Having all the chairs filled for Christmas dinner this year could mean some empty spaces next year. As Americans celebrate the season Friday, we must work to balance a desire to gather with loved ones against a desire to keep those loved ones healthy amid a lingering coronavirus pandemic.
“The next few weeks are critical,” Gov. Jay Inslee told The Columbian’s Editorial Board on Monday. “We were very responsible over the Thanksgiving holidays. But we have another holiday season coming up, and we need to be supremely protective of each other and not gather indoors.”
Inslee and public health officials recommend that gatherings be limited to people who share a household.
As the Centers for Disease Control and Prevention website states: “As cases, hospitalizations, and deaths continue to increase across the United States, the safest way to celebrate the winter holidays is to celebrate at home with people who live with you. Gatherings with family and friends who do not live with you can increase the chances of getting or spreading COVID-19 or the flu.”
In Clark County, almost 12,000 confirmed COVID cases had been reported as of Tuesday, and 135 deaths had been attributed to the disease. Statewide, more than 200,000 coronavirus cases and 2,800 deaths had been counted.
All of that makes for a most unusual Christmas season. Traditional public gatherings for tree lightings and parades and parties have been canceled, leaving us grasping for some sense of normalcy in an abnormal year. While there is a desire to find that normalcy in the comfort of friends and family, caution is necessary to stem the spread of the virus and allow for normalcy to return next year.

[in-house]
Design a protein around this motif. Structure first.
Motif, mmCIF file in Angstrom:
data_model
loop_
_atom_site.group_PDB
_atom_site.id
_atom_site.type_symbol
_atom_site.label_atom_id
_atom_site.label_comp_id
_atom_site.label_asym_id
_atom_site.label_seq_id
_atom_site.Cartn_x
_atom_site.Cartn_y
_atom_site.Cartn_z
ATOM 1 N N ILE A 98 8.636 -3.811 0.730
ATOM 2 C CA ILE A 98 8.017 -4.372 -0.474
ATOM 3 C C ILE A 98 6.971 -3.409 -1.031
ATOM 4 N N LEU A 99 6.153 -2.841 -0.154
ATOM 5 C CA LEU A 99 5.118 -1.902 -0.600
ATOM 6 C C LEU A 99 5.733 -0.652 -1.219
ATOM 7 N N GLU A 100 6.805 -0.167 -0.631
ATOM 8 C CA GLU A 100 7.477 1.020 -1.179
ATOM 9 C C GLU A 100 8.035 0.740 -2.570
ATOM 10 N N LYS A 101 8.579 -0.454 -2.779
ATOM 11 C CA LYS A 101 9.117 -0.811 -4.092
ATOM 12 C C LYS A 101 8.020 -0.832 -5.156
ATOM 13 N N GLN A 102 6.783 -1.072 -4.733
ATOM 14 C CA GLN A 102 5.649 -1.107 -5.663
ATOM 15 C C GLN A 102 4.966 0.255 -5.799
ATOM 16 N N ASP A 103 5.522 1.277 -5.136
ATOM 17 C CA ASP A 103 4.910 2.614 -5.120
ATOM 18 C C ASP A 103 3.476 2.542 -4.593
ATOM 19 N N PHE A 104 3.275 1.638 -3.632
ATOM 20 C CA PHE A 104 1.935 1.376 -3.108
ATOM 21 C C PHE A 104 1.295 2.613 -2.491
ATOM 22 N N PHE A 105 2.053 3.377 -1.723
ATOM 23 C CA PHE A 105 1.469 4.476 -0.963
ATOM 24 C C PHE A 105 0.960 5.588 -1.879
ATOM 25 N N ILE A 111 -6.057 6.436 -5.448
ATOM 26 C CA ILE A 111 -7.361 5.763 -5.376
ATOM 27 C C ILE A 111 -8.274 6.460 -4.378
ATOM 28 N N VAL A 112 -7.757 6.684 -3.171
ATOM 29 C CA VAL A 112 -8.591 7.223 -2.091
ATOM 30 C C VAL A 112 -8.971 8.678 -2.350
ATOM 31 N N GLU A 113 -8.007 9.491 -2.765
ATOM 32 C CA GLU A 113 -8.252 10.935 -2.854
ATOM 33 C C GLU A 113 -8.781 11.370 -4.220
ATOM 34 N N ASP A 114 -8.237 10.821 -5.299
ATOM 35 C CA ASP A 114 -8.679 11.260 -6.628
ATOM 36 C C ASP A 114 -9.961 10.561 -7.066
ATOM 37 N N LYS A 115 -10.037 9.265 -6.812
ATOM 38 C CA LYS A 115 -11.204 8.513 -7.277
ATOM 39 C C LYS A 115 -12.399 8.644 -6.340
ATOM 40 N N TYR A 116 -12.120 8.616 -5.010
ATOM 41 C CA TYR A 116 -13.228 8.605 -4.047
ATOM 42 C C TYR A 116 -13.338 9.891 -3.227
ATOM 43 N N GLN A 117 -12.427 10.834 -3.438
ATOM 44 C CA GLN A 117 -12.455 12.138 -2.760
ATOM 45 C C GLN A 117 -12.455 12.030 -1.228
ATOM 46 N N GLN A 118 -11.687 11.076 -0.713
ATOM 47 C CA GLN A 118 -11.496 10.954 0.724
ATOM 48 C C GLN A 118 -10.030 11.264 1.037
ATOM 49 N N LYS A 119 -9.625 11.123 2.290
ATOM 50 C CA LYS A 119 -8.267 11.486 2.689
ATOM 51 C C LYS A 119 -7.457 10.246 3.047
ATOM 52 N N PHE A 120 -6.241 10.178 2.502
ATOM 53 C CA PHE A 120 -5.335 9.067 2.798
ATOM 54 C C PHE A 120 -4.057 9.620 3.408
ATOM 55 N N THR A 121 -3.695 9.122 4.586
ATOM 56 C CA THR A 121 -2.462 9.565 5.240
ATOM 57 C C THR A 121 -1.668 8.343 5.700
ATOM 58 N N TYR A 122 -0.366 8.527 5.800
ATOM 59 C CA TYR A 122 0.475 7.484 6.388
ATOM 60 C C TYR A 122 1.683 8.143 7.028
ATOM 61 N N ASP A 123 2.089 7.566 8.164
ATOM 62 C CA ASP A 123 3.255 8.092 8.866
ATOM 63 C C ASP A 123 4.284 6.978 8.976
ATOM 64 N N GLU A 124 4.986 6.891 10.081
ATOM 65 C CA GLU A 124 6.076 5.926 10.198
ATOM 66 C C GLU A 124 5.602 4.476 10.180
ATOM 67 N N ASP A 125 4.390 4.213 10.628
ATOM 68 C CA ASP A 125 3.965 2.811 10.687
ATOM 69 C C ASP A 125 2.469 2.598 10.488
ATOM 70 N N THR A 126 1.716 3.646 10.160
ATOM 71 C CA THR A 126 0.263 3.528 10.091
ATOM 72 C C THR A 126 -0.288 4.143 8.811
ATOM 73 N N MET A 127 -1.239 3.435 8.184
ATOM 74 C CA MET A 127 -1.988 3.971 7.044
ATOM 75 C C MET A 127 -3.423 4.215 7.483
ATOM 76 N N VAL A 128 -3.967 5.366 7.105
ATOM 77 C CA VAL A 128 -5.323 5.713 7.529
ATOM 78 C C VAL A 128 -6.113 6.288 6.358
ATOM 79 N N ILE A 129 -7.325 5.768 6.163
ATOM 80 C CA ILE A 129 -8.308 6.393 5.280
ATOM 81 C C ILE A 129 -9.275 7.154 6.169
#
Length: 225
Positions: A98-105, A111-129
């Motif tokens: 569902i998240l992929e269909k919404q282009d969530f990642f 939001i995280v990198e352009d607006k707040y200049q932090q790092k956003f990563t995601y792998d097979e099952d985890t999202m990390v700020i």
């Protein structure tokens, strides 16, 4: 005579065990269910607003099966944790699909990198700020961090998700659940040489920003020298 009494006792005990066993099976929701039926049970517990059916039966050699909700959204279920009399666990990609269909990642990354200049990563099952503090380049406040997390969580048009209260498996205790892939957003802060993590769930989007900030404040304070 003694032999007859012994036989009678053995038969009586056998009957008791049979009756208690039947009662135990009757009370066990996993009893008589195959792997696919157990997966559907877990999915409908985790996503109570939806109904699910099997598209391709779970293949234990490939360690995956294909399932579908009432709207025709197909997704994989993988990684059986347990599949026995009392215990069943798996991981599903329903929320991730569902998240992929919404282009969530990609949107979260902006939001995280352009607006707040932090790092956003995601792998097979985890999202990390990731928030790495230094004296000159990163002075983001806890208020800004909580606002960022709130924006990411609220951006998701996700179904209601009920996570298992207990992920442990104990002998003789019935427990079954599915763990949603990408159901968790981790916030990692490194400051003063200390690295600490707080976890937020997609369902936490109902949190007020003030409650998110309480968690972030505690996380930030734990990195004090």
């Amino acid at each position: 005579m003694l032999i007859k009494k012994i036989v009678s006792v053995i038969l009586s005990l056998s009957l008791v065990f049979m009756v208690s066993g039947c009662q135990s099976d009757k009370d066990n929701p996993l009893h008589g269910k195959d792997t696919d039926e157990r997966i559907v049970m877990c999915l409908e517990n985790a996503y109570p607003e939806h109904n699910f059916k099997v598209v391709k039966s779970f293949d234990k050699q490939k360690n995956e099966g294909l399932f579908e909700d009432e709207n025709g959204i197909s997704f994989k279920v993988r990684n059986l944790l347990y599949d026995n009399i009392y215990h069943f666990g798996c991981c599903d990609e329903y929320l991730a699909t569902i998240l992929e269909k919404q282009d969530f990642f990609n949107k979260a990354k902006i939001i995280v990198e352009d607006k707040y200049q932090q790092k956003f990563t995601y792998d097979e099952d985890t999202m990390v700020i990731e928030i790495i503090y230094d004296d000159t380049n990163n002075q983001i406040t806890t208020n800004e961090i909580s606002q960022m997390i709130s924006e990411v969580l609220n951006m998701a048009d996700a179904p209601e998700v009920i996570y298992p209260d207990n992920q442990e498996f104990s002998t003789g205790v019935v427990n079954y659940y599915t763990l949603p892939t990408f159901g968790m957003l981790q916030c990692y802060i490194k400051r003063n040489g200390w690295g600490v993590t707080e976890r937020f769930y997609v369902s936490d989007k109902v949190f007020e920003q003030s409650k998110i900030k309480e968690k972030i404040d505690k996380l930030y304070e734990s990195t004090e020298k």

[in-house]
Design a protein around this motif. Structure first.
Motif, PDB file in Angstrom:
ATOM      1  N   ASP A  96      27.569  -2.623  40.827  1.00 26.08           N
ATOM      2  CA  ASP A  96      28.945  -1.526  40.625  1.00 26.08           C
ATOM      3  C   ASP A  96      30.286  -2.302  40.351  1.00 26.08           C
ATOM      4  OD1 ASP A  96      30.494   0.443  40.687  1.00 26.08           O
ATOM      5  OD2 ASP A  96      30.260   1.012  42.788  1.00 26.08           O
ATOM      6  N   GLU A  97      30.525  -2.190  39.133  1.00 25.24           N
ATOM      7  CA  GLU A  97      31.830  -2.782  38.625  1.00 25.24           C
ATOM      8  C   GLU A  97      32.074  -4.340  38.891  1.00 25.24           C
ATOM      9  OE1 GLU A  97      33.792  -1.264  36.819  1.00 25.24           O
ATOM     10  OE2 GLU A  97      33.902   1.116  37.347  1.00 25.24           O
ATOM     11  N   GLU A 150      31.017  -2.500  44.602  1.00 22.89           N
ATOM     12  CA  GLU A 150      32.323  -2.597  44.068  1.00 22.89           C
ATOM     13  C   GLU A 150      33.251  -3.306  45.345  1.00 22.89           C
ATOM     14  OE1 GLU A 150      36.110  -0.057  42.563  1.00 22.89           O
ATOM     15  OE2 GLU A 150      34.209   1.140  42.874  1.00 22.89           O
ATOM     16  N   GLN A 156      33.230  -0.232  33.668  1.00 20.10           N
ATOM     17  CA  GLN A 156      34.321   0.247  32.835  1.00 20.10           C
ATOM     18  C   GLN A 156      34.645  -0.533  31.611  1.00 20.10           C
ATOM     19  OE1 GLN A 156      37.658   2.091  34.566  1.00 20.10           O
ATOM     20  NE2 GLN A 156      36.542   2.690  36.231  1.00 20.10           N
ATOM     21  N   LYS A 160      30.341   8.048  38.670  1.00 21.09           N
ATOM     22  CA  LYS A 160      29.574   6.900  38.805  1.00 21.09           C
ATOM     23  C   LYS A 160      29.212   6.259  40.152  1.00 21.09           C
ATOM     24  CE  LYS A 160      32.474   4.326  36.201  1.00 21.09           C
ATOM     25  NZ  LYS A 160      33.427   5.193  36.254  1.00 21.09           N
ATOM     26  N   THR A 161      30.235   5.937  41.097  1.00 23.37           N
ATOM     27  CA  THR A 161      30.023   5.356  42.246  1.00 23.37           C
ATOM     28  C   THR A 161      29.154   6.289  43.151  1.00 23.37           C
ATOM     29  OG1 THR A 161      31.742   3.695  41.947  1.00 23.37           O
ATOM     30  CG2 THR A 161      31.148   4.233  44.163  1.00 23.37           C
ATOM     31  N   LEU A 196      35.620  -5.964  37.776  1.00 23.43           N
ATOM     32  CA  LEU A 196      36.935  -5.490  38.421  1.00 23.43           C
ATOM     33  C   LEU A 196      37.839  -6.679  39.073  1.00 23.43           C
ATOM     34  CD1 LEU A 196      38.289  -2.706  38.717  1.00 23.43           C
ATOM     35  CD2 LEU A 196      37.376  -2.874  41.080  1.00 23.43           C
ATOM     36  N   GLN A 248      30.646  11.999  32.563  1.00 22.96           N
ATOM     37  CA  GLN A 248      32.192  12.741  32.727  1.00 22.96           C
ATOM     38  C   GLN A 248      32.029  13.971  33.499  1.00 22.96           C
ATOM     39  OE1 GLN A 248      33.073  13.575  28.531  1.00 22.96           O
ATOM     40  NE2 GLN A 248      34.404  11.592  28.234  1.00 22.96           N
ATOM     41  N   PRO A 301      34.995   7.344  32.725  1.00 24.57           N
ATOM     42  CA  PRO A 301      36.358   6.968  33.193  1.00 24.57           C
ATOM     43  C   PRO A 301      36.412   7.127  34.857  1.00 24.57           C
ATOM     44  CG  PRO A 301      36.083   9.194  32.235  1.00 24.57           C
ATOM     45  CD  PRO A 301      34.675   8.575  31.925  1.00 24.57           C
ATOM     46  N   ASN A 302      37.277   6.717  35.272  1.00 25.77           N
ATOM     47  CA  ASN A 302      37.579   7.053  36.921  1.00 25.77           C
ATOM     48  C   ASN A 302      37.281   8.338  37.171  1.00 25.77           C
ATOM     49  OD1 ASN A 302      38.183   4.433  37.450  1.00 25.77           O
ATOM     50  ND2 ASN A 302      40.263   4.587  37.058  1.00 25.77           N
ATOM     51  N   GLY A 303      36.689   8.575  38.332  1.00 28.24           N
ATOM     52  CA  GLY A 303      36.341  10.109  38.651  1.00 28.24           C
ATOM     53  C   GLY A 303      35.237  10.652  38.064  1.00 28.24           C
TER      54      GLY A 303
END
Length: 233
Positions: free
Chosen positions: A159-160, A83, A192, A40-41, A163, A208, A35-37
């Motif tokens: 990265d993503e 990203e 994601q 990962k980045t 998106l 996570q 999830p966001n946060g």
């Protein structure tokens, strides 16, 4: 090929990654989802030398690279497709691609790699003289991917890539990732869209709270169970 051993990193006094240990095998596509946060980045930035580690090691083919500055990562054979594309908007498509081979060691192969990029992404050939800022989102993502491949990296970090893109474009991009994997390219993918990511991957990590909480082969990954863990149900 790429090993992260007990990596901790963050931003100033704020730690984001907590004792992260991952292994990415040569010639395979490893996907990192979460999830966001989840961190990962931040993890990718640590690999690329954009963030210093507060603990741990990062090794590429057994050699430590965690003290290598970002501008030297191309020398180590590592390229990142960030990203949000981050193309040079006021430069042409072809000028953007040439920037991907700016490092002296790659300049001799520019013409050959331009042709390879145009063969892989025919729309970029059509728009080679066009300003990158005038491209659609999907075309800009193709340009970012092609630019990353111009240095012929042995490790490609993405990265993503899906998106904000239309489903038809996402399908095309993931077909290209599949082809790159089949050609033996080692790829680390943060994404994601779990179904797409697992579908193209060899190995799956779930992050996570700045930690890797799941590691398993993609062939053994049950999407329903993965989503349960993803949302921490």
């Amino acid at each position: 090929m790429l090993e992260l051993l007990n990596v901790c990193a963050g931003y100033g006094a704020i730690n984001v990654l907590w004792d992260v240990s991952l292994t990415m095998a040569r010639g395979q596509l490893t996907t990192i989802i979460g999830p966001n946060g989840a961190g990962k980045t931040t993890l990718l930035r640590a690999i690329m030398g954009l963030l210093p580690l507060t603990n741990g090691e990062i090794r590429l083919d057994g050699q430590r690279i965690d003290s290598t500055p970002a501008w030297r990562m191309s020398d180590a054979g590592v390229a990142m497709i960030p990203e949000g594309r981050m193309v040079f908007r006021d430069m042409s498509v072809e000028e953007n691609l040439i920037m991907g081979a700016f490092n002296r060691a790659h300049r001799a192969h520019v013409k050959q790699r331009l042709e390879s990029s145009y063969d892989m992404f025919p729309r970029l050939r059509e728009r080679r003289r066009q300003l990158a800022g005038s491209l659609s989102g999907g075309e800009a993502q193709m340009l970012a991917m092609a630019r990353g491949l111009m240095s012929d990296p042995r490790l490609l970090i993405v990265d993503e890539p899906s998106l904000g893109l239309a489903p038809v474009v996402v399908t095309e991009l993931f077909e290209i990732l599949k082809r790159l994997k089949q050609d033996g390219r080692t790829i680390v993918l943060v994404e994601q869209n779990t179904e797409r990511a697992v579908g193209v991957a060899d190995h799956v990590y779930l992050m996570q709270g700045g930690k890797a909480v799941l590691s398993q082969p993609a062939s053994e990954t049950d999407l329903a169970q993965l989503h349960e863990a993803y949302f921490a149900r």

Along those lines, Clark County Public Health offers some recommendations for people who do choose to gather:
• Self-quarantine. All attendees should quarantine for 14 days prior to the gathering, or quarantine for seven days and have a negative COVID-19 test within 48 hours of the gathering.
• Keep the guest list small. Gathering with fewer people from one other household is safer than gathering with more people from several households.
• Gather outside, if possible. Indoor gatherings are higher risk than outdoor gatherings.
• If you gather indoors, open windows and doors to increase ventilation. Gather in a location that allows people from different households to maintain 6 feet of distance from each other.
• Wear face coverings any time you’re not eating.
• Keep the gathering short. Longer gatherings are higher risk than shorter gatherings.
• Wash hands frequently.
• Avoid buffet-style potlucks and sharing of utensils. Instead, have each household bring their own food and drinks.
• Avoid gestures that require close contact with others, such as hugging or shaking hands.
• After the gathering, stay home as much as possible for 14 days. If you develop symptoms of COVID-19, contact your health care provider to request testing.
As Inslee’s wife, Trudi, stressed in a televised message prior to Thanksgiving: “Every social gathering is just one more brick in a wall of infection.”
Following the guidelines can be difficult, but the benefits can be grand. The Christmas wish for all this year should be to remain healthy and to help ensure that your loved ones can joyfully gather in the future. Following the advice of health care professionals is important for making that wish come to fruition.